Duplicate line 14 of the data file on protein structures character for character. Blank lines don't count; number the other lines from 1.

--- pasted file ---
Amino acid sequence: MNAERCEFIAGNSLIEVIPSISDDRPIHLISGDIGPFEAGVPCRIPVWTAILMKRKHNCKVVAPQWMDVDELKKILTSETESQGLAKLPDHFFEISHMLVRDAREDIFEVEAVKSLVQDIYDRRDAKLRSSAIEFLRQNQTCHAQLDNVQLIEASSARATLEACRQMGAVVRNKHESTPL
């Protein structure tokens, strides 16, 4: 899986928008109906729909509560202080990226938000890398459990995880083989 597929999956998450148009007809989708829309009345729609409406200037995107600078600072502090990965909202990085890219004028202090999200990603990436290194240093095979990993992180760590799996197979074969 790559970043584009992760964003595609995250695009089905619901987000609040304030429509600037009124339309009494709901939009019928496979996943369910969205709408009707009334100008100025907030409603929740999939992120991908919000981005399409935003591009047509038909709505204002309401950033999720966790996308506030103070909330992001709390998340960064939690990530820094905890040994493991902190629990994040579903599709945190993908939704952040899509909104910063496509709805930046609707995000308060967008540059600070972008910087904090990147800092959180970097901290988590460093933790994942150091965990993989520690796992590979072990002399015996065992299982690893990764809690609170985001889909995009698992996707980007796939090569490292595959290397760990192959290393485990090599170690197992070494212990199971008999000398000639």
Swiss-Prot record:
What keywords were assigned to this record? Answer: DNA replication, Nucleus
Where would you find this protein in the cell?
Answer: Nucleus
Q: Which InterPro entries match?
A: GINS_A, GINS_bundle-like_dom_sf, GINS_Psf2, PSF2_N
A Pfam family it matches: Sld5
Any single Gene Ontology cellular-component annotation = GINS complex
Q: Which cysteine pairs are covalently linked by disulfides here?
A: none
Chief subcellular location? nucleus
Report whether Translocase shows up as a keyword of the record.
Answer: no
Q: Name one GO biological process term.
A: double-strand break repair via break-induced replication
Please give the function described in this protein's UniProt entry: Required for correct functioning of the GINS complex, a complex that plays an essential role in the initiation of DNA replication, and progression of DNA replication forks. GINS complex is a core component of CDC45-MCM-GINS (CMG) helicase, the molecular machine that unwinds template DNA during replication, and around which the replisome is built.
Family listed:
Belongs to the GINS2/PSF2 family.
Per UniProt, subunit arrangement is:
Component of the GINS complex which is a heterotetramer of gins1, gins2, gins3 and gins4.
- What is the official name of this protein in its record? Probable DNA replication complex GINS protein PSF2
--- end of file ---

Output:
Report whether Translocase shows up as a keyword of the record.